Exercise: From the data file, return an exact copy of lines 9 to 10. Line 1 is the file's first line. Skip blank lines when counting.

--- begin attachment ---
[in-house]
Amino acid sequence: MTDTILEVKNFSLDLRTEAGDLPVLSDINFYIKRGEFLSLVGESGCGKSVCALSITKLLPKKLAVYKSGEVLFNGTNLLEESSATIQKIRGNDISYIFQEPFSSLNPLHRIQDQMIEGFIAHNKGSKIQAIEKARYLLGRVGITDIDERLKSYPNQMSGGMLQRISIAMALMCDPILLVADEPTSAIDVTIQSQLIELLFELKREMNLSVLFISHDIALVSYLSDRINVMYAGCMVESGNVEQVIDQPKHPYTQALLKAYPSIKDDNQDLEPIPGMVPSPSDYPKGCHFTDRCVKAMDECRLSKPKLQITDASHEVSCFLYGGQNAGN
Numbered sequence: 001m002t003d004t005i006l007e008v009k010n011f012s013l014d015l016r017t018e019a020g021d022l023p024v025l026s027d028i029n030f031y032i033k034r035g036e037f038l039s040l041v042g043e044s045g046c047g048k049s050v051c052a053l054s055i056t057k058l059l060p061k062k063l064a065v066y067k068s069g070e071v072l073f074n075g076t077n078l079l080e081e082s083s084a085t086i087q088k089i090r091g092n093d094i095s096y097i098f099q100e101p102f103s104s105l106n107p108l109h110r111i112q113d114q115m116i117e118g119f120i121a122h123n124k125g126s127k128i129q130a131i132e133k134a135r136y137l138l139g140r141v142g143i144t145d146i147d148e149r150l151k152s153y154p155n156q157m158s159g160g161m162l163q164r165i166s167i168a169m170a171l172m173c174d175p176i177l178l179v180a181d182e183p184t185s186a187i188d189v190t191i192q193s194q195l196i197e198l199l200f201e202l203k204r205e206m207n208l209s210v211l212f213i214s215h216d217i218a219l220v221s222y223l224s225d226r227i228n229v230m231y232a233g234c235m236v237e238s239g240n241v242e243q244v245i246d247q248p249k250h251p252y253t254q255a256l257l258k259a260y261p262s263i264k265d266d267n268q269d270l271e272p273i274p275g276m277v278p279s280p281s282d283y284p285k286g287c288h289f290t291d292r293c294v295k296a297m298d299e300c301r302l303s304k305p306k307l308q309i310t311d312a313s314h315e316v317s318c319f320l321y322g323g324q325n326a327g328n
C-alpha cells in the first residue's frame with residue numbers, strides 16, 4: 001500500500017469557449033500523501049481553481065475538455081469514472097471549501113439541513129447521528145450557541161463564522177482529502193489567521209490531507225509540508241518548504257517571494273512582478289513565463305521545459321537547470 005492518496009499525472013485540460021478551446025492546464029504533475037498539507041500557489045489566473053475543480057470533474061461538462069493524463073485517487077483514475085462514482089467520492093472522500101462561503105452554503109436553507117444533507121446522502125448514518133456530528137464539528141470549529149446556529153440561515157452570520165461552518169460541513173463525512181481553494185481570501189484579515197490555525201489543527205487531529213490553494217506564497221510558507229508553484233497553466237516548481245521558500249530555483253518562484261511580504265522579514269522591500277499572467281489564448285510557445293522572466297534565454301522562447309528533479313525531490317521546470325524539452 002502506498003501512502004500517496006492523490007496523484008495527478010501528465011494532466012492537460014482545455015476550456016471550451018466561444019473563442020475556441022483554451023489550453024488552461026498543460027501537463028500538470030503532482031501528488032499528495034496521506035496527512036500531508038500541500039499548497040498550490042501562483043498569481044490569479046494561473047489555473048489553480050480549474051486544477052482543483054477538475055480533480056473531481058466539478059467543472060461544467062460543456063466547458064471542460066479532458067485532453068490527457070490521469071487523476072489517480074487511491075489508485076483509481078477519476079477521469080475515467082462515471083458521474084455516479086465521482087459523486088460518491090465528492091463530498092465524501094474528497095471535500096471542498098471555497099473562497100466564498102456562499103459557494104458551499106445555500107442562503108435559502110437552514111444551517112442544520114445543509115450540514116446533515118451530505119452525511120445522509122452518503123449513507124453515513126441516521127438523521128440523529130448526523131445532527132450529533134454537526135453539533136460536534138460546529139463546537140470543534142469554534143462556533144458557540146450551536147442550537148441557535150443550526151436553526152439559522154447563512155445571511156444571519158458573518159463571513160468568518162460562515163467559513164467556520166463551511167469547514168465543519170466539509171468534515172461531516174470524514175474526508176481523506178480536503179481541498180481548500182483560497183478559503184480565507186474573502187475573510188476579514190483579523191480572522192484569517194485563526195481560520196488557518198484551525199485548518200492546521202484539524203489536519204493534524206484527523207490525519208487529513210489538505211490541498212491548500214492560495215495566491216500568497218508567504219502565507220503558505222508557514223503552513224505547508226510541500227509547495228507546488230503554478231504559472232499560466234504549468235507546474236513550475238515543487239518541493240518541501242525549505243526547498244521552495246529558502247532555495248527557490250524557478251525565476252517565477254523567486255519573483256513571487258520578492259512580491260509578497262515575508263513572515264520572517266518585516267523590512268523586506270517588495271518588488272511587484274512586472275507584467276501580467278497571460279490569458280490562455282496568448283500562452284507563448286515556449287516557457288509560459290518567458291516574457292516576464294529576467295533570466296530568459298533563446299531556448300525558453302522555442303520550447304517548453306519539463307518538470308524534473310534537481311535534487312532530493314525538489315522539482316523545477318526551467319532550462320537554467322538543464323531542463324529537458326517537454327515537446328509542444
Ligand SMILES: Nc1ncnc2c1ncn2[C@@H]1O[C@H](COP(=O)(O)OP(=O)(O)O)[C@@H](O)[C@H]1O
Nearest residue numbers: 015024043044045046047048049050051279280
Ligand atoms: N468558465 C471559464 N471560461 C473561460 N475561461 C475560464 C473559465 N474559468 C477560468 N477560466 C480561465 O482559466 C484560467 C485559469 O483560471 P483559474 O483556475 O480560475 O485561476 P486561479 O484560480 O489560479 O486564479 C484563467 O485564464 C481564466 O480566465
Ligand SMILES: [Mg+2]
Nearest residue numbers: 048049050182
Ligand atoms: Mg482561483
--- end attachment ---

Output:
Nearest residue numbers: 048049050182
Ligand atoms: Mg482561483